Chris Pine, the new James T. Kirk, is Hollywood cheese royalty, a third-generation actor with a lineage that includes many TV movies with colons in the title. His grandmother was Anne Gwynne, star of Flash Gordon Conquers the Universe, Dick Tracy Meets Gruesome, The Green Hornet and, um, We’ve Never Been Licked. His father was a 70s TV icon. Maybe you didn’t know that.
And in Hollywood, where there’s cheese, there’s William Shatner.
Let’s examine, in a scholarly-type fashion with some interestingly large words, just how closely young Mr. Pine is linked to old Mr. Shatner — traverse the winding trail between Kirks, as it were.
After the original Star Trek ended, things did not go well for William Shatner. His marriage collapsed, and he spent a summer living out of his camper. Shatner did a LOT of crappy TV movies in the 70s, including that made-for-TV adaptation of John Jakes’s American Bicentennial Kent Family Chronicles. The first part was called The Bastard, which is an excellent name for anything on TV. There are eight books in the series but only three were adapted for television.
One of those was The Seekers, which starred Randolph Mantooth from TV’s Emergency! You might remember Emergency! It was a show about paramedics in Los Angeles, always calling ‘Rampart’ for guidance. Wait, Adam-12 was always calling Rampart, too. I wonder who Rampart was. Anyway, Mantooth continues to star in soaps, bad TV movies and straight-to-DVD releases, among them a 1985 movie called Bridge Across Time, which was about the London Bridge being moved to Arizona, bringing the ghost of Jack The Ripper with it, which is too stupid even to think about. Bridge Against Time also starred the Archduke of Fromage, David Hasselhoff.
Oh, boy, David Hasselhoff. From his earlier roles (he played someone called “Boner” in some movie with “Cheerleaders” in the title) to his breakout role on a soap opera and finally to prime time on Knight Rider, nobody personified cheesy manliness like the Hoff. His career pinnacle came with what seemed like 20 shirtless seasons on Baywatch and its spinoffs, playing an old crusty lifeguard who ran in slow motion. He later starred in a drunken YouTube classic in which he was out-acted by a hamburger. The hamburger may have had cheese on it, but the Hoff definitely did. Baywatch also attracted a lot of super-cheesy guest stars, including Erik Estrada.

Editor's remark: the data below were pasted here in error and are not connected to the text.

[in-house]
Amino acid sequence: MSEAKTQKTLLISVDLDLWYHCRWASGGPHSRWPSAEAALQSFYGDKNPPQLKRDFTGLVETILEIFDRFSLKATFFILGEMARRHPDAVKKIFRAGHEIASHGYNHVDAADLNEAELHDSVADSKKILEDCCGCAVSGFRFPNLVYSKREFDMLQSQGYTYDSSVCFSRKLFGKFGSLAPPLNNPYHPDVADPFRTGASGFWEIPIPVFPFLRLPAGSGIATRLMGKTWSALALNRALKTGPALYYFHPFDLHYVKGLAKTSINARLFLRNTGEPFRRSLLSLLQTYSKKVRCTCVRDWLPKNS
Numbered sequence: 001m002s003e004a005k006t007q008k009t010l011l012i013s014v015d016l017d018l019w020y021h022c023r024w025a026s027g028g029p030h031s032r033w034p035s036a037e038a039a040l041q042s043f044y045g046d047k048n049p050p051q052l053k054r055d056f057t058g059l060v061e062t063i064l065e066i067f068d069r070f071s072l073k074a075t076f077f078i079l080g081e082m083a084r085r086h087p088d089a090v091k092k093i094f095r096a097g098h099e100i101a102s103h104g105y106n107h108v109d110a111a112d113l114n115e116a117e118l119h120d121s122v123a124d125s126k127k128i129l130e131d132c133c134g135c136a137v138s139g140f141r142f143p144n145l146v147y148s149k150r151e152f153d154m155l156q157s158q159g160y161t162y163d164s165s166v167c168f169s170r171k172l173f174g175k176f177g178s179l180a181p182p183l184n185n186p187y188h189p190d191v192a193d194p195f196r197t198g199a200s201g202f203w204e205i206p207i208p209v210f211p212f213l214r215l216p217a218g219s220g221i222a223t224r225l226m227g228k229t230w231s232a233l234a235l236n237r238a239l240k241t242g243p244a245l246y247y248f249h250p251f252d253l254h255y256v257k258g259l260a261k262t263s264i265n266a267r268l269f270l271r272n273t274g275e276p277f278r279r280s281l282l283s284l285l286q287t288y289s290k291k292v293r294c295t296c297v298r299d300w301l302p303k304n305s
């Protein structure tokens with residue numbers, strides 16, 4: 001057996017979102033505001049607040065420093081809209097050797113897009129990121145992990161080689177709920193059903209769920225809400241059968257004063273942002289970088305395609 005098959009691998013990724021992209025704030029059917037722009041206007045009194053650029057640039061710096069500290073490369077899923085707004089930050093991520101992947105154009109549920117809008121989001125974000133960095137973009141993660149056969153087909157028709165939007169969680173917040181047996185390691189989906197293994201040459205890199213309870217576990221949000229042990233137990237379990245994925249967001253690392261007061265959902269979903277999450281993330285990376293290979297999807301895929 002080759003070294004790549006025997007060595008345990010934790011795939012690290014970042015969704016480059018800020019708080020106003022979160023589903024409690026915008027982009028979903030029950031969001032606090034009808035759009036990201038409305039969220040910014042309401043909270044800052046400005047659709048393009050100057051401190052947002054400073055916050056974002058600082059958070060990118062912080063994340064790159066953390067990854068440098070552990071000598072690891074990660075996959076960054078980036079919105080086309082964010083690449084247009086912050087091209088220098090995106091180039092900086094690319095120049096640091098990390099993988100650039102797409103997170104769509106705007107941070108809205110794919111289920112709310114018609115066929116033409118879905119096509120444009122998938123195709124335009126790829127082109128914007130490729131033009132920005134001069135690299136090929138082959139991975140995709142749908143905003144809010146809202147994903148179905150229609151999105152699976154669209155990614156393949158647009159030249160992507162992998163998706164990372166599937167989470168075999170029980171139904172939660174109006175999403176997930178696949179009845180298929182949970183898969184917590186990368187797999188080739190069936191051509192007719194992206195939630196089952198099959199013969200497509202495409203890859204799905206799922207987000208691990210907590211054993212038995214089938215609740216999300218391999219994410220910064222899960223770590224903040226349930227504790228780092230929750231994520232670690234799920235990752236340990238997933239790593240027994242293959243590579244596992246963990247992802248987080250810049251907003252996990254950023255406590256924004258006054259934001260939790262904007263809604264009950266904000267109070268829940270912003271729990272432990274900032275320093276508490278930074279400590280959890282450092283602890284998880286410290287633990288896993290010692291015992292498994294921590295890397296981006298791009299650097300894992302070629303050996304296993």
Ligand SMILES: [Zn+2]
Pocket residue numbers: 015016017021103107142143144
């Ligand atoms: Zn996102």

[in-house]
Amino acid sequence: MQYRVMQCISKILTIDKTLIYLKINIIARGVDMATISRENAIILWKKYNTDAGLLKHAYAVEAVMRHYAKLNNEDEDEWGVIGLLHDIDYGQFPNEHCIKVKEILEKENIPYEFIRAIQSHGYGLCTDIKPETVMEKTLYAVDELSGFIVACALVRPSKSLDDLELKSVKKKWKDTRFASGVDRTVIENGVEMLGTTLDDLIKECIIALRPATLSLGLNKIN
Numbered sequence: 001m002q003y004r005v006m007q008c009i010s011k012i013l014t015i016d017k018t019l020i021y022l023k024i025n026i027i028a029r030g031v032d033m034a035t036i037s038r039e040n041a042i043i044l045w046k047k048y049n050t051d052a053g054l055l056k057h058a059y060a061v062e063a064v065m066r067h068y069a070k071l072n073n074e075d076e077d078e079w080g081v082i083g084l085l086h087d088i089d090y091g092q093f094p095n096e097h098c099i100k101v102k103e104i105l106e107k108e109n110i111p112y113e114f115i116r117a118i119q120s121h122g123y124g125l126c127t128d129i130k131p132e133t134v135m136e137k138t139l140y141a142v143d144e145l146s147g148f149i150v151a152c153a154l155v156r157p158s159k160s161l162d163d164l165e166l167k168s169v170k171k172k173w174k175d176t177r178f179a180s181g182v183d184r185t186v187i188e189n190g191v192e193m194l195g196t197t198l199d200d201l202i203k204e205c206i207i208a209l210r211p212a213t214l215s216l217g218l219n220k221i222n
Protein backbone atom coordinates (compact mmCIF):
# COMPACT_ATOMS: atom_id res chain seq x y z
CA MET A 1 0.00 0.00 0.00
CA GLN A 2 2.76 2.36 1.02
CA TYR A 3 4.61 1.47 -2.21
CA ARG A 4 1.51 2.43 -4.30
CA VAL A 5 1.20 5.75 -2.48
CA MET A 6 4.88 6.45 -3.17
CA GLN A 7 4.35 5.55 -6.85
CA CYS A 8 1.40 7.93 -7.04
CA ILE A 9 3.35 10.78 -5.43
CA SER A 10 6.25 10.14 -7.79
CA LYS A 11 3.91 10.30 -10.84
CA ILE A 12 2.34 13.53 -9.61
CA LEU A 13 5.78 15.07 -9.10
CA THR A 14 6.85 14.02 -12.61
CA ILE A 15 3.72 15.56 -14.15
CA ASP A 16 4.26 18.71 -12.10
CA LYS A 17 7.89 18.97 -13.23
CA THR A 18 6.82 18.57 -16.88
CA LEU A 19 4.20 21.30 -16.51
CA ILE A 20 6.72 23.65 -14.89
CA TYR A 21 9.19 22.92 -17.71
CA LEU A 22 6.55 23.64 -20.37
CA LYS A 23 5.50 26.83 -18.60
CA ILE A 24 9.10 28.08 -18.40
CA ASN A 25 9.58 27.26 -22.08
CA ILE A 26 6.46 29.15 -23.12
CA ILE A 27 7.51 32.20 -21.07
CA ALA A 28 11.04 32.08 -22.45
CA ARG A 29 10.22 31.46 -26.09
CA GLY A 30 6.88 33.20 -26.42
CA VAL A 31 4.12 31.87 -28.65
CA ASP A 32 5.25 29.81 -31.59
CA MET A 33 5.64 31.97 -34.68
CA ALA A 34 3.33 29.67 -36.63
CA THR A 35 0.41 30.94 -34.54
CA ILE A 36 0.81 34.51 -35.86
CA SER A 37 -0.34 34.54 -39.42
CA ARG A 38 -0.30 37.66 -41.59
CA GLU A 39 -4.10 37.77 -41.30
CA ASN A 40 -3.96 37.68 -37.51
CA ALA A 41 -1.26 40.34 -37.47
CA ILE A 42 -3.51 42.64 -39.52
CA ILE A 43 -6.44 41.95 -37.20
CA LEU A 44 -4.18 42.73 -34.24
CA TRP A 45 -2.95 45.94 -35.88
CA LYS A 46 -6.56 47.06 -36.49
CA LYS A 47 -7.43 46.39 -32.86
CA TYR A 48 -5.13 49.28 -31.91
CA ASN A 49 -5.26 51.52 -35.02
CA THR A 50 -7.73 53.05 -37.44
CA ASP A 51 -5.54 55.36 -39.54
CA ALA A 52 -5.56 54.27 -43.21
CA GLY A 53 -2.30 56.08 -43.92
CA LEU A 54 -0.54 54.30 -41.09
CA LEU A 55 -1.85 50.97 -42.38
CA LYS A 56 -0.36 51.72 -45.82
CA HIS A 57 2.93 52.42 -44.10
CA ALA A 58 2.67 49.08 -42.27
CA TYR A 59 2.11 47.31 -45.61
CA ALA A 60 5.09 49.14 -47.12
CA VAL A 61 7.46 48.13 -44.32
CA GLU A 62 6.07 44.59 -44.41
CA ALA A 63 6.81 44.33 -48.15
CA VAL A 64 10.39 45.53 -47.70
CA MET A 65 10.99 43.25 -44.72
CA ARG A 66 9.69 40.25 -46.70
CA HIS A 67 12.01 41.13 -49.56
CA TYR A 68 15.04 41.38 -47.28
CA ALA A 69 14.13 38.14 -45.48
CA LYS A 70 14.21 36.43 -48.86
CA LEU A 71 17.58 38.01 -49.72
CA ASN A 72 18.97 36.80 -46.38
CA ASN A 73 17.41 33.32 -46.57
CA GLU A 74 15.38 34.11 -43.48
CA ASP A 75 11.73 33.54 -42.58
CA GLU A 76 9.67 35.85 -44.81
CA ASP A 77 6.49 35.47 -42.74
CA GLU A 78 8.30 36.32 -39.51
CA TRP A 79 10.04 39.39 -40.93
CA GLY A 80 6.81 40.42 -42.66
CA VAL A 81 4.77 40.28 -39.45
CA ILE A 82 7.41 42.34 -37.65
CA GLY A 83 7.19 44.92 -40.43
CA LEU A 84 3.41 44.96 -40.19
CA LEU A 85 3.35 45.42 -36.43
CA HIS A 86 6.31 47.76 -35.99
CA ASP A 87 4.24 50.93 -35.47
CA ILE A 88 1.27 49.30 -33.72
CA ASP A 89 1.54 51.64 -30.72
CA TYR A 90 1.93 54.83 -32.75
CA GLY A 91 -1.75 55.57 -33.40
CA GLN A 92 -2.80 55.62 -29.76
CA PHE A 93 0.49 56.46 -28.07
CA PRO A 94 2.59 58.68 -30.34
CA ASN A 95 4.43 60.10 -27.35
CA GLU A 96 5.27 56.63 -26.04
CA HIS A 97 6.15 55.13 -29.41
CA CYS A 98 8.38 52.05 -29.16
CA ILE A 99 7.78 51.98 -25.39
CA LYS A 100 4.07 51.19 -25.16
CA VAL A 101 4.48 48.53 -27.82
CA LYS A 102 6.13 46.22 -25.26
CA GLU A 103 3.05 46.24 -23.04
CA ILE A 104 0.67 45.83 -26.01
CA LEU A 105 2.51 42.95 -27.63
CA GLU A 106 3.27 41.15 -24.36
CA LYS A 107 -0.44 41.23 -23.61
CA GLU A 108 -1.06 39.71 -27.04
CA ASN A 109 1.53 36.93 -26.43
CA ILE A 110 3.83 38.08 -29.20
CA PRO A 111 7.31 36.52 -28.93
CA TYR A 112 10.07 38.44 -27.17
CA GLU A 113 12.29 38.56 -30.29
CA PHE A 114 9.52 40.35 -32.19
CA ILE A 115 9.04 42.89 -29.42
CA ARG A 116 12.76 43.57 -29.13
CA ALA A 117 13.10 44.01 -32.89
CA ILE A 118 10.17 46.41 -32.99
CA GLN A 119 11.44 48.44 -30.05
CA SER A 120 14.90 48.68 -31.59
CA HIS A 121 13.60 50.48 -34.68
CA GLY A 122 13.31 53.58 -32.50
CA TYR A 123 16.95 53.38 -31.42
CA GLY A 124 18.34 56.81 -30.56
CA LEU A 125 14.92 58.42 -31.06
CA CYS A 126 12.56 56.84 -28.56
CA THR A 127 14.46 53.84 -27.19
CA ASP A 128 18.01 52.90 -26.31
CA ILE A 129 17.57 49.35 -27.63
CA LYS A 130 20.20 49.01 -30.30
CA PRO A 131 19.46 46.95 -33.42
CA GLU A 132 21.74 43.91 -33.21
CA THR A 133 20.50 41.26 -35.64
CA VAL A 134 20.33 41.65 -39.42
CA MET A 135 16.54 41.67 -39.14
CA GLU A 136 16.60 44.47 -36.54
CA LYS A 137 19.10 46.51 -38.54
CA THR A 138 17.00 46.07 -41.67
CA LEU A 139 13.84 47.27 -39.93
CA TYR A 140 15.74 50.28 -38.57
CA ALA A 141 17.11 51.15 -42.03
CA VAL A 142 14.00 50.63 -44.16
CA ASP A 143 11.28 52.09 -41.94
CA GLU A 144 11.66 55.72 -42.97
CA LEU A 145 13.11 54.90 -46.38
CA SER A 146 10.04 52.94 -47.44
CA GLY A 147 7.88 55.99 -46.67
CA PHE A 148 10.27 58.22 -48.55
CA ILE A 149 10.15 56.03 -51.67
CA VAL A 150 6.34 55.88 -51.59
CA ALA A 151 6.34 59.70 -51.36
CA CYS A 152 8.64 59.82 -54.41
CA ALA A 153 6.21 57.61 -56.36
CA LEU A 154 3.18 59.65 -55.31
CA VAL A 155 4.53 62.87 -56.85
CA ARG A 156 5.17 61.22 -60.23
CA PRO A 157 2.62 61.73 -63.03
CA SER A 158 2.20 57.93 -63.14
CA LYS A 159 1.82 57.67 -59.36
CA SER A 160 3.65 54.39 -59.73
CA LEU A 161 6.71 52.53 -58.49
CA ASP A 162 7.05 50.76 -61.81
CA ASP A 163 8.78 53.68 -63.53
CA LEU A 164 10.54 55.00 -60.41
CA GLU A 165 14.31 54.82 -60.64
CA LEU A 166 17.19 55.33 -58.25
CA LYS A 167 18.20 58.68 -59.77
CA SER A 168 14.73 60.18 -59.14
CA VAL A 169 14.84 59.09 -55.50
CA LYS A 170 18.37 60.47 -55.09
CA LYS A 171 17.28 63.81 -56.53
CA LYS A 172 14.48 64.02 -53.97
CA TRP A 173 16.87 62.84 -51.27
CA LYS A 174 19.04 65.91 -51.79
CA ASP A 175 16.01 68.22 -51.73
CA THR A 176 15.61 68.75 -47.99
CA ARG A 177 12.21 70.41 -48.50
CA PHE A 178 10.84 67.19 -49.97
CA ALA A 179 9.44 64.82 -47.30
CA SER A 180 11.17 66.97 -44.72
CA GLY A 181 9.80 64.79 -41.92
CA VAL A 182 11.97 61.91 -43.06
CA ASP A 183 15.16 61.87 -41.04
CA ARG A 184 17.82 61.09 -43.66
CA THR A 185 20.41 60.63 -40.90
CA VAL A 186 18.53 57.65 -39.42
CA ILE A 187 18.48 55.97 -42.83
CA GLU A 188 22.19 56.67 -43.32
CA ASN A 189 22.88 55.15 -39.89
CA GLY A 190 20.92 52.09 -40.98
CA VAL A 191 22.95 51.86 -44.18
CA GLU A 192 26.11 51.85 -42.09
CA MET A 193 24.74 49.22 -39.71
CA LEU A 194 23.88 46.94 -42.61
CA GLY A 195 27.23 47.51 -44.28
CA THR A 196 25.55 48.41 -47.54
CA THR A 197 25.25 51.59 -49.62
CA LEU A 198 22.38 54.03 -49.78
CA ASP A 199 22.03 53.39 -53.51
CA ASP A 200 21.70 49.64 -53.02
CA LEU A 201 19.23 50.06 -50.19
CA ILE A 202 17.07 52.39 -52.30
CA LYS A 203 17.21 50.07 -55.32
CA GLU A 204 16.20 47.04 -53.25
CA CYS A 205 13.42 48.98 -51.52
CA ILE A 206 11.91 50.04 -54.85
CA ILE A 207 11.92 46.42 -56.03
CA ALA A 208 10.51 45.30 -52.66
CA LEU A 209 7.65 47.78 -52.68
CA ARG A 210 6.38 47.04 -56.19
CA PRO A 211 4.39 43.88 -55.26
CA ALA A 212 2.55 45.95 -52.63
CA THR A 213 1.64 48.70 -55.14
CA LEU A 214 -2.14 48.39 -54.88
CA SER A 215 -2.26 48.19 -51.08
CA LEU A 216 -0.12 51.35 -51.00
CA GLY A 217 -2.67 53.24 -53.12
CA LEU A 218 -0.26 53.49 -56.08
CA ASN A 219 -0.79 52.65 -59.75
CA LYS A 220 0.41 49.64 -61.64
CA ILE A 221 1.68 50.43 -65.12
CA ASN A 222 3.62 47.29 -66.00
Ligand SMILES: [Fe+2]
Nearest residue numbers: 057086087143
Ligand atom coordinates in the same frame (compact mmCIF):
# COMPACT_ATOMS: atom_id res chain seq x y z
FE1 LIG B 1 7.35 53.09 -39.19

Erik Estrada shot to fame as the star of ChiPs, the perfect 70s TV creation. Big hair, tight pants, white teeth, California and motorcycle cops … it was the right-wing Dukes of Hazzard. Estrada played a really unlikely Italian named Ponch who roared around this one section of freeway with his whitebread partner, Jon. This was one of those 70s cop shows where the cops never actually fired their weapons, but chased bad guys until there was a flaming crash in which nobody was hurt and everyone got what they deserved – the bad guys got jail, Ponch got the girl. At the end of every episode, they would report back to their captain, Joe Getraer.
Robert Pine starred on ChiPs as Capt. Joe Getraer. When I was a kid, we argued about what his name was, because I always heard it as “Getcher” but my friend Peter swore it was “Gettrapped.” Pine was a fatherly influence over Ponch and Jon and whatever other guys came along later. He was wise, tough, friendly but not a sucker, and always encouraged his young officers to follow in his footsteps. At home, he probably did the same thing, because his kid ended up trying to break into Hollywood decades later.
And that would be Chris Pine, who was picked to be Captain Kirk and is about to slingshot around the sun in an epic trek from struggling young actor to global superstar. Pine, like his co-stars, is pretty hush-hush about how he’s interpreting Kirk; he’s playing a younger, less formed version of the icon, and thus has more leeway to avoid some of the cocky, confident Shatnerisms of the first version of the character.
Let’s hope he kept some of the cheese, though. And you know what? I think he would not be Kirk unless he got his shirt torn off at least once.
Now, all of this is not my way of predicting a future career of cheese for young Mr. Pine. He may surprise us all and use Star Trek and its eventual, hopeful, sequels as a springboard to a varied and diverse career. Hard to say. I’ve never seen him in anything, and people who have tend to say he’s pretty, no great shakes as an actor, but someone you remember. Which means he fits right in on this list.
Other Trek stuff here: